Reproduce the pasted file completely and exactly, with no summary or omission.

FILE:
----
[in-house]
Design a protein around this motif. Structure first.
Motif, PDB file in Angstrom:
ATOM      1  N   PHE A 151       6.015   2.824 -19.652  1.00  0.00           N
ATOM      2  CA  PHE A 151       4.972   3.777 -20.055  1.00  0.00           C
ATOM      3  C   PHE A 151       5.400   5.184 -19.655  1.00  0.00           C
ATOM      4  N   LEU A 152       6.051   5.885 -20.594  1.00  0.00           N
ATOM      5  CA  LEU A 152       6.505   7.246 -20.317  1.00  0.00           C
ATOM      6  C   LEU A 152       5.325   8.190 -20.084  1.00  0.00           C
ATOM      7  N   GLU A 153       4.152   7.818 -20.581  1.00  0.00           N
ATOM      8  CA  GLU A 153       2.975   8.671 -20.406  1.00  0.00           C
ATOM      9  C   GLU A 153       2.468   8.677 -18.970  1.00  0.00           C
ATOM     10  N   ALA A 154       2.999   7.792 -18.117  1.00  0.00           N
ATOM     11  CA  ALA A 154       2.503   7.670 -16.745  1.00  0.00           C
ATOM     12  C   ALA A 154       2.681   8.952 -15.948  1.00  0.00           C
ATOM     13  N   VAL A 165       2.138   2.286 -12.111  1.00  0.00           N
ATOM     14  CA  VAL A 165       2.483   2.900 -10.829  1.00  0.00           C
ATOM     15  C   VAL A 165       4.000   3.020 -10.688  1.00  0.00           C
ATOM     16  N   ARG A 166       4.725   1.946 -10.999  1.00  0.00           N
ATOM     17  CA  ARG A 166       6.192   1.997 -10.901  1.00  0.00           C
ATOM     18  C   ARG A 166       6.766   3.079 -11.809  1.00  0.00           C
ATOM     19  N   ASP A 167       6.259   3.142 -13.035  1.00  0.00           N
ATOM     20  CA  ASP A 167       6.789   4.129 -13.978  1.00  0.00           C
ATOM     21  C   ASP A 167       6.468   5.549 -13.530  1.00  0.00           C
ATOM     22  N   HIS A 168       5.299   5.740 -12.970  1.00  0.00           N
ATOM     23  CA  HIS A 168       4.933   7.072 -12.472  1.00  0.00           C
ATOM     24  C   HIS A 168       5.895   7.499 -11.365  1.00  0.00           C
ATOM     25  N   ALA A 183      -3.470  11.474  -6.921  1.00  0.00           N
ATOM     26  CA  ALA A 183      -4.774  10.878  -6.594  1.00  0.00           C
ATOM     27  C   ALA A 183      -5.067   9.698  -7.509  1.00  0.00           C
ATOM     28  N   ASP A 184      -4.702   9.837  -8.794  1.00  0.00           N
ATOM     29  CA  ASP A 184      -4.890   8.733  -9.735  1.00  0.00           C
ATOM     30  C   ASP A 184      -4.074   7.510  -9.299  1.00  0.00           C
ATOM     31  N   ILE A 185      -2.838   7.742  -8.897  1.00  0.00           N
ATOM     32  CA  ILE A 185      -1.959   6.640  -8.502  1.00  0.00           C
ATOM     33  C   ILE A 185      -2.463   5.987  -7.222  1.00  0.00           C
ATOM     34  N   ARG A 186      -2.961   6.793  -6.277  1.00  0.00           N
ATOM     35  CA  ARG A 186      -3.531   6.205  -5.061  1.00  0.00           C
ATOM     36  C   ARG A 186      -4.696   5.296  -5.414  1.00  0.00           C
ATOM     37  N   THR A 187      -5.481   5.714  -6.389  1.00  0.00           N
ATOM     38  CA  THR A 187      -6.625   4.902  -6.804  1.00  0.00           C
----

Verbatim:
[in-house]
Design a protein around this motif. Structure first.
Motif, PDB file in Angstrom:
ATOM      1  N   PHE A 151       6.015   2.824 -19.652  1.00  0.00           N
ATOM      2  CA  PHE A 151       4.972   3.777 -20.055  1.00  0.00           C
ATOM      3  C   PHE A 151       5.400   5.184 -19.655  1.00  0.00           C
ATOM      4  N   LEU A 152       6.051   5.885 -20.594  1.00  0.00           N
ATOM      5  CA  LEU A 152       6.505   7.246 -20.317  1.00  0.00           C
ATOM      6  C   LEU A 152       5.325   8.190 -20.084  1.00  0.00           C
ATOM      7  N   GLU A 153       4.152   7.818 -20.581  1.00  0.00           N
ATOM      8  CA  GLU A 153       2.975   8.671 -20.406  1.00  0.00           C
ATOM      9  C   GLU A 153       2.468   8.677 -18.970  1.00  0.00           C
ATOM     10  N   ALA A 154       2.999   7.792 -18.117  1.00  0.00           N
ATOM     11  CA  ALA A 154       2.503   7.670 -16.745  1.00  0.00           C
ATOM     12  C   ALA A 154       2.681   8.952 -15.948  1.00  0.00           C
ATOM     13  N   VAL A 165       2.138   2.286 -12.111  1.00  0.00           N
ATOM     14  CA  VAL A 165       2.483   2.900 -10.829  1.00  0.00           C
ATOM     15  C   VAL A 165       4.000   3.020 -10.688  1.00  0.00           C
ATOM     16  N   ARG A 166       4.725   1.946 -10.999  1.00  0.00           N
ATOM     17  CA  ARG A 166       6.192   1.997 -10.901  1.00  0.00           C
ATOM     18  C   ARG A 166       6.766   3.079 -11.809  1.00  0.00           C
ATOM     19  N   ASP A 167       6.259   3.142 -13.035  1.00  0.00           N
ATOM     20  CA  ASP A 167       6.789   4.129 -13.978  1.00  0.00           C
ATOM     21  C   ASP A 167       6.468   5.549 -13.530  1.00  0.00           C
ATOM     22  N   HIS A 168       5.299   5.740 -12.970  1.00  0.00           N
ATOM     23  CA  HIS A 168       4.933   7.072 -12.472  1.00  0.00           C
ATOM     24  C   HIS A 168       5.895   7.499 -11.365  1.00  0.00           C
ATOM     25  N   ALA A 183      -3.470  11.474  -6.921  1.00  0.00           N
ATOM     26  CA  ALA A 183      -4.774  10.878  -6.594  1.00  0.00           C
ATOM     27  C   ALA A 183      -5.067   9.698  -7.509  1.00  0.00           C
ATOM     28  N   ASP A 184      -4.702   9.837  -8.794  1.00  0.00           N
ATOM     29  CA  ASP A 184      -4.890   8.733  -9.735  1.00  0.00           C
ATOM     30  C   ASP A 184      -4.074   7.510  -9.299  1.00  0.00           C
ATOM     31  N   ILE A 185      -2.838   7.742  -8.897  1.00  0.00           N
ATOM     32  CA  ILE A 185      -1.959   6.640  -8.502  1.00  0.00           C
ATOM     33  C   ILE A 185      -2.463   5.987  -7.222  1.00  0.00           C
ATOM     34  N   ARG A 186      -2.961   6.793  -6.277  1.00  0.00           N
ATOM     35  CA  ARG A 186      -3.531   6.205  -5.061  1.00  0.00           C
ATOM     36  C   ARG A 186      -4.696   5.296  -5.414  1.00  0.00           C
ATOM     37  N   THR A 187      -5.481   5.714  -6.389  1.00  0.00           N
ATOM     38  CA  THR A 187      -6.625   4.902  -6.804  1.00  0.00           C